For those of us focused on sustainability, we wonder what it would take for a progressive government to wake up and smell the evidence. In other words, how close to collapse does Australia and the world need to be before the government (including its public service) decides it should take the issue seriously?
Would you board a plane if the pilot said there was a 49% chance that the plane would crash – but that we would therefore most likely be OK? How about a 20% chance? How about a 5% chance? What is the chance that our growth-obsessed economy and society, where almost every sector is in some kind of crisis, will crash? Whatever happened to the precautionary principle? Something is fundamentally and patently wrong with policy development – and that something is our wilful ignorance of sustainability.
Briefly, climate change is just one of nine key boundaries – called planetary boundaries – that humanity must not cross to avoid collapse. Crossing even one of the nine boundaries would be foolhardy, but humanity has crossed probably five or six. This means collapse is highly likely at some point without urgent and extreme counter measures.
My view can be contrasted with Roger Beale, who wrote on this site that the Albanese government is basically on the right track when it comes to environmental-economic issues: he believes we can “decouple” economic growth from environmental harm although he offered no peer-reviewed evidence for his opinion. Here’s a counter view. Beale falls into the ‘green growth’ clan, with similarities to ecomodernists. In short, they say carry on with the same economic paradigm (neoclassical growth) but focus on ‘green’ technologies. Technology will save us. Complexity will save us. Sounds like a lot of stuff coming out of the CSIRO on ‘sustainability’. Is the CSIRO politically compromised?
Since my camp and the Beale camp will never agree, why doesn’t the government establish an independent, expert commission to study the question and advise government and society? The Blair government did this in the UK in about 2000 when it established its Sustainable Development Commission. Out of that research came Tim Jackson’s now classic Prosperity Without Growth (2009). The Conservatives dissolved the commission in 2011. Why waste money on something as tedious as preventing collapse?
The Nixon administration in the US established the Rockefeller Commission in 1969 to examine the issue of growth. Its 1972 report was called ‘Population and the American Future’. It found no or limited benefit to further growth, although Nixon did not implement the report. The Clinton administration in the US established a President’s Council on Sustainable Development in 1993 which delivered its final report in 1999. It favoured economic growth but urged urgent population stabilisation. It found more than 100 countries had similar sustainable development commissions, inspired by the Brundtland report, ‘Our Common Future’ (1987).
The Hawke Labor government established the Commission for the Future in 1985, spearheaded by science minister Barry Jones – hence my title ‘Sleeper, Wake!’ echoing Jones’ 1982 book of the same name. This commission was to look ahead for threats and opportunities, including what was then called the ‘greenhouse effect’. Such a body these days, like the Commission for the Human Future, would presumably focus on sustainability and existential risk unless politically compromised. Australia’s ‘commitment’ to the UN Sustainable Development Goals would be a starting point (funny how these goals are never in the news).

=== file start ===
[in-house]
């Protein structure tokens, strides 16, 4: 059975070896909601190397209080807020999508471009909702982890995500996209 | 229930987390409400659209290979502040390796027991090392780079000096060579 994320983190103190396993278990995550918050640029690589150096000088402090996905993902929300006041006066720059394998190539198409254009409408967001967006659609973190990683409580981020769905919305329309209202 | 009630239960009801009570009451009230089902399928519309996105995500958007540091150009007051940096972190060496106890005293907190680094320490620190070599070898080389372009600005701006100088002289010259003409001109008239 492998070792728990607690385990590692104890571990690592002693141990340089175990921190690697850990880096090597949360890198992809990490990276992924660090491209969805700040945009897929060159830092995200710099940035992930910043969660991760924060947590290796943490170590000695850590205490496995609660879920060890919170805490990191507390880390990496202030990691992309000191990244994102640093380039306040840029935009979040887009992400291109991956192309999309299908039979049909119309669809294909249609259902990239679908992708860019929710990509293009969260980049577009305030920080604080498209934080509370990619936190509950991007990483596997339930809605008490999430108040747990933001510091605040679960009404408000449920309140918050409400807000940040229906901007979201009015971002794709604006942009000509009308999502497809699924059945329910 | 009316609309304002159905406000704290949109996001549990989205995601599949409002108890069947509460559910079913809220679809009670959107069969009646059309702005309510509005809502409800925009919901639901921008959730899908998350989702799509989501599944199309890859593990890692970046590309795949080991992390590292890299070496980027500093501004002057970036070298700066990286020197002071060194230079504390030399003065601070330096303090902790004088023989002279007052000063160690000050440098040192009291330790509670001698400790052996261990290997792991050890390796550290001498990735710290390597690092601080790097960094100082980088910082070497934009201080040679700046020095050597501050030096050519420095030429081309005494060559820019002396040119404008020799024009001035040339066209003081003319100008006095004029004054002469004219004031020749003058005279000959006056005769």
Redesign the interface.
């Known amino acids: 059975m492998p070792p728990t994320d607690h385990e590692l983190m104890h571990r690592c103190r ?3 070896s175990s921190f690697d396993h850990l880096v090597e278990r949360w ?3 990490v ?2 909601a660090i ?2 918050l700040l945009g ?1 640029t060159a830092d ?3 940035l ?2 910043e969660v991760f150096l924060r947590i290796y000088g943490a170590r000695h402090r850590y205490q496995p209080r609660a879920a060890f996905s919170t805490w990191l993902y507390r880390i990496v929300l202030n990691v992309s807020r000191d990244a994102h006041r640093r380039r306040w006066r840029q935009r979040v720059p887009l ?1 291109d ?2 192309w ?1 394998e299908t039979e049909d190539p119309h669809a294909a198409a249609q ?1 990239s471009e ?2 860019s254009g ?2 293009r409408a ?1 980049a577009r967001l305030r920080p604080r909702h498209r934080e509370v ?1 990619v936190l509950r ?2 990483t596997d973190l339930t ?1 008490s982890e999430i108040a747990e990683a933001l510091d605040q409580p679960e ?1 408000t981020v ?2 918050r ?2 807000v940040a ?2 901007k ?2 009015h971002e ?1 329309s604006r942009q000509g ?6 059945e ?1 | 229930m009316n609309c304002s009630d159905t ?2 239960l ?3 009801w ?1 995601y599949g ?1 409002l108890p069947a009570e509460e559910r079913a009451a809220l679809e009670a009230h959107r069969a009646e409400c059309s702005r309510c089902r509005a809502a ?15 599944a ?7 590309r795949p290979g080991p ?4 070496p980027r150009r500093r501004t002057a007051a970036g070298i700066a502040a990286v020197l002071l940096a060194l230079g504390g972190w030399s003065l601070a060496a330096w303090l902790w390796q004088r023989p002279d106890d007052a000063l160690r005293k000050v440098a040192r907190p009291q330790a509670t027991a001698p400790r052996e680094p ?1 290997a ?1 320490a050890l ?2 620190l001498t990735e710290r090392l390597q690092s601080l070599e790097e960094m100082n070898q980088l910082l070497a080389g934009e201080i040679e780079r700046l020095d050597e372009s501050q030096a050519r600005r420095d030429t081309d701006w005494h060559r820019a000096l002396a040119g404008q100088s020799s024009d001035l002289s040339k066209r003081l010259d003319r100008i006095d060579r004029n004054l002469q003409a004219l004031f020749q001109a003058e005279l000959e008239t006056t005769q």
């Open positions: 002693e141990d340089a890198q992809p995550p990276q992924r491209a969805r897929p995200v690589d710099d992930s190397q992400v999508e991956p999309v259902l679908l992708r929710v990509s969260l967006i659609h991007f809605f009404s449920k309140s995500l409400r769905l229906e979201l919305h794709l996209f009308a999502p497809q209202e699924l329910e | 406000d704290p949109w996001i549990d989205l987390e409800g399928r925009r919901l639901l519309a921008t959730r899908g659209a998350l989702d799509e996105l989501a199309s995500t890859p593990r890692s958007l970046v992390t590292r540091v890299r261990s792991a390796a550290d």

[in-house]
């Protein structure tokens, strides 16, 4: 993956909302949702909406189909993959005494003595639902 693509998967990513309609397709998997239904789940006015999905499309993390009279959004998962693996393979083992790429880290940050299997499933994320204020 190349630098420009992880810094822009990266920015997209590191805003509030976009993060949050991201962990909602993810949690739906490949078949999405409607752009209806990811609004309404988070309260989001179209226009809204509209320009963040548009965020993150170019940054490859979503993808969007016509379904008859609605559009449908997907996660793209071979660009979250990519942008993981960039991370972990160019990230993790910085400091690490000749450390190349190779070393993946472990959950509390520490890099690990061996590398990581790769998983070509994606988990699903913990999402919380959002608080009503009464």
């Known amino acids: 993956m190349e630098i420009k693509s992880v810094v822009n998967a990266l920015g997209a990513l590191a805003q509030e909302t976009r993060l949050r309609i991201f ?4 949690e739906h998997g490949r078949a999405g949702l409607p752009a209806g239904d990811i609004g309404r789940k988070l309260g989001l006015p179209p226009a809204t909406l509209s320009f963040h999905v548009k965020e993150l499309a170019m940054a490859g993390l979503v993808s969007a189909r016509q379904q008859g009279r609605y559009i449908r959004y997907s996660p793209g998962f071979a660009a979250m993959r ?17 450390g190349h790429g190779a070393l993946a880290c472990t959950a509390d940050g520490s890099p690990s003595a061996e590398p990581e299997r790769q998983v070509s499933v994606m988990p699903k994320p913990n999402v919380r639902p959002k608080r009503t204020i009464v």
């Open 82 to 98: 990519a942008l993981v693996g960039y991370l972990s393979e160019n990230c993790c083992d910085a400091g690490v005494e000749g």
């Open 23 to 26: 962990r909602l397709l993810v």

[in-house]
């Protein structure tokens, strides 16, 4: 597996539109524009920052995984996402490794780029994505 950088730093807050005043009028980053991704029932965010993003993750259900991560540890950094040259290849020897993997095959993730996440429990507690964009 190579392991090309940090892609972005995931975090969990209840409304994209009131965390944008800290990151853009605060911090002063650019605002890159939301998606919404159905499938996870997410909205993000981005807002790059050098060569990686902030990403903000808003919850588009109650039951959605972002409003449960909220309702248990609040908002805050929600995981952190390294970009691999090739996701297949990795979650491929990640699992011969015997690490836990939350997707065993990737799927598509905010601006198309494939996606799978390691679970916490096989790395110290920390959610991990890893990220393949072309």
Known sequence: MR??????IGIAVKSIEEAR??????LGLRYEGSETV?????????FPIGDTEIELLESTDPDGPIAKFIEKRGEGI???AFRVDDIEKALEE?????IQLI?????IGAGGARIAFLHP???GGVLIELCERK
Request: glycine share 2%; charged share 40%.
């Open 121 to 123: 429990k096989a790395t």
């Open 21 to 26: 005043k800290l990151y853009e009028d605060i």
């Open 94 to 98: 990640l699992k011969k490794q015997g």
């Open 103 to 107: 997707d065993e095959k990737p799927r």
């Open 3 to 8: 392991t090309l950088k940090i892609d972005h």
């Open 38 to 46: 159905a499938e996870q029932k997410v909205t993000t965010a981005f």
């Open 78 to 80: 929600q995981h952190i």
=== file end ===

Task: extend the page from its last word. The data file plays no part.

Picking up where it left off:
Problems establishing and running these research and advisory bodies are many, as Clive Hamilton explains in his memoir Provocateur (2022) where he relates the shortcomings of the Climate Change Authority that he was a founding member of (and we could add the Climate Commission, established in 2011, which morphed into the NGO Climate Council). Political interference seems to be the main problem. Yet we have other statutory bodies to advise government that would be difficult to disband, although stacking the boards with puppets is too tempting for some.
Even so, we must find better ways for independent experts to advise government in transparent ways, even if we reform the general public service along similar lines. Think tanks exist arguably because universities can no longer do their job under neoliberal straitjackets. Again, I highly recommend Provocateur for a first-hand account of establishing The Australia Institute to counter right-wing propaganda and compromised universities.
The galling thing is that focusing on sustainability is clearly in the national interest, meaning it is in almost everyone’s interest – except for those engaged in gross moral turpitude. That’s because sustainability is synonymous with advancing general wellbeing, rather than making sacrifices. By contrast, we all make sacrifices now for the wealthy 1%. Properly approached, I believe there would be massive support for any government who took on the challenge of advancing sustainability in a competent way. I suspect most ordinary people know that the dominant paradigm doesn’t work and is downright dangerous. But replaced with what? In short, a sustainable system, which a new commission would develop. Opposition would come from the usual suspects: most mainstream economist; much of the big end of town (the 1%); and much of the FIRE sector (Finance, Insurance, Real Estate).
I am reminded of a Radio National interview with Barry Jones maybe 15 years ago when he expressed his struggle with the seeming conflict between a government leading the people or a government simply delivering what the people want. But why not do both?